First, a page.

Age of Jackson
Jackson Polk 05 Western US Jackson Polk 01 James K Polk Jackson Polk 02 Sarah Polk Jackson Polk 04 American Progress Jackson Polk 03 Tomb of Polk

James K. Polk

James K. Polk served as the 11th president of the United States. A Tennessean, Polk had a long political career in the state and on the national level.
 
He served as state governor, state representative, U.S. representative, and Speaker of the U.S. House of Representatives.

Polk was a follower of both Thomas Jefferson and Andrew Jackson. In fact, his nickname “Young Hickory” came from his devotion to Andrew Jackson, whose nickname was “Old Hickory.”
 
Before Andrew Jackson died in 1845, he became obsessed with the idea that Great Britain was trying to take control of Texas, California, and Oregon as a way of limiting the United States’ growth. Polk undoubtedly took Jackson’s warnings to heart, so he secured those areas for the U.S. while he was president.
 
Polk was a man of strong beliefs and a strong sense of duty. He was very self-confident. In his diary, he never doubted his judgment or actions.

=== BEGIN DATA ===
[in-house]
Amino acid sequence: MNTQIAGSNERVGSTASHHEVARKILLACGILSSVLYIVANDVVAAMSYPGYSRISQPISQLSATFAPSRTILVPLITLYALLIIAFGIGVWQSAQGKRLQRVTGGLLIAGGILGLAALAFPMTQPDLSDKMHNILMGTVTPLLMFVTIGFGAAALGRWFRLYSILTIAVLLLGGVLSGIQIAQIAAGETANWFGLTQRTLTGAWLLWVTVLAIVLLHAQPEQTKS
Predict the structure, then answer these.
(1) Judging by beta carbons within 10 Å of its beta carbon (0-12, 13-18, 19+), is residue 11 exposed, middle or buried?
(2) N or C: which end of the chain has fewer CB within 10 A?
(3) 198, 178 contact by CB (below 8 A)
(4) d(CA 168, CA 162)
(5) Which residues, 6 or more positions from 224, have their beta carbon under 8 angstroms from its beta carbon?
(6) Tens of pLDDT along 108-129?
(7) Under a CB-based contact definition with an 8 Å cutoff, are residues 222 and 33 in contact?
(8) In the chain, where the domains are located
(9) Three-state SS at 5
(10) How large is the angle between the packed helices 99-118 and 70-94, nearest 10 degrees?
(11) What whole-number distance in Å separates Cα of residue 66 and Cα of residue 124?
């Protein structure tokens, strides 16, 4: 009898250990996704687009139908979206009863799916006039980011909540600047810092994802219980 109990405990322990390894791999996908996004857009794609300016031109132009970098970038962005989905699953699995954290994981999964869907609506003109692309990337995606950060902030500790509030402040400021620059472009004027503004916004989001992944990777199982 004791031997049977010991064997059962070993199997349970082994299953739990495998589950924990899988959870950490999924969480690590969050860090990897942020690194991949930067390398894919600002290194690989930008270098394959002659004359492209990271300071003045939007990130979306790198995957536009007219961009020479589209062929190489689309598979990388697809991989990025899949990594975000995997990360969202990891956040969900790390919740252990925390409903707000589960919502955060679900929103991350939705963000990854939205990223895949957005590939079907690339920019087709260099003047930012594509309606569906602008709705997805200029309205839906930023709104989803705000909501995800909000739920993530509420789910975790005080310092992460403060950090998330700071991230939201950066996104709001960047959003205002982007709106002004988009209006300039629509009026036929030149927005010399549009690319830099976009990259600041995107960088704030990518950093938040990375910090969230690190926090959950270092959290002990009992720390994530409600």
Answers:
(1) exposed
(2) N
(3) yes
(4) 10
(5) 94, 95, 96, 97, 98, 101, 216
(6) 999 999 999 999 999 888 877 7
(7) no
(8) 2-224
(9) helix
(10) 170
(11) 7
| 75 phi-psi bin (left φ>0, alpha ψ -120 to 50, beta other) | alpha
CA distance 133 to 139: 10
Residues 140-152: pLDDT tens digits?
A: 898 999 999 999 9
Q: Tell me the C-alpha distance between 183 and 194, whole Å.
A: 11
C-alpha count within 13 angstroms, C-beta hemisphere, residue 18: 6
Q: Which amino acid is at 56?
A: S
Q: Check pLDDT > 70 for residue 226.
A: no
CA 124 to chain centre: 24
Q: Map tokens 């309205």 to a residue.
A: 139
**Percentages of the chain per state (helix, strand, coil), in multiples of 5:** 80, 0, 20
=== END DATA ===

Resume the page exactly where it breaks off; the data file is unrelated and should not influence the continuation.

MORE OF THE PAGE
Polk was a very strong president, much the way his idol Andrew Jackson had been. He promise and served only a single term, and was able to get laws he favored passed by a deeply divided Congress. In this way he was a successful president.
 
Some historians fault him for rushing into war with Mexico without trying hard enough to settle the differences diplomatically. However, the war did accomplish Polk’s goal of uniting the country from the Atlantic to the Pacific oceans. Polk helped make the United States the strong power it became.





Picture Credits:
  • Portrait of James K. Polk. This painting was made in 1845 by George P. A. Healy. Tennessee State Museum Collection, OA2003.10.
  • Portrait of Sarah Childress Polk. This painting was made in 1883 by George Dury and is based upon an earlier painting made by George P. A. Healy. Tennessee State Museum Collection, 73.108.
  • Postcard depicting the tomb of James K. Polk at the Tennessee State Capitol in Nashville. This postcard was made sometime during the early 1900s. Tennessee State Museum Collection, 2008.261.31.
  • Painting entitled, “American Progress.” This painting was made by John Gast in 1872 and illustrates the idea of Manifest Destiny. It shows a female spirit watching over new settlers moving west. Bringing along their livestock, the settlers are also aided on their trip by the railroad and telegraph lines that are shown in the background. Natives Americans and buffalo are also shown being driven away. Library of Congress.
  • Painting showing the western United States. It shows James K. Polk speaking with several other men and pointing to the Louisiana Purchase on a map. This image is only a section of a larger painting entitled, “Tennessee’s Three Presidents,” which was created by David Mah in the 1980s. Tennessee State Museum Collection, 89.36.


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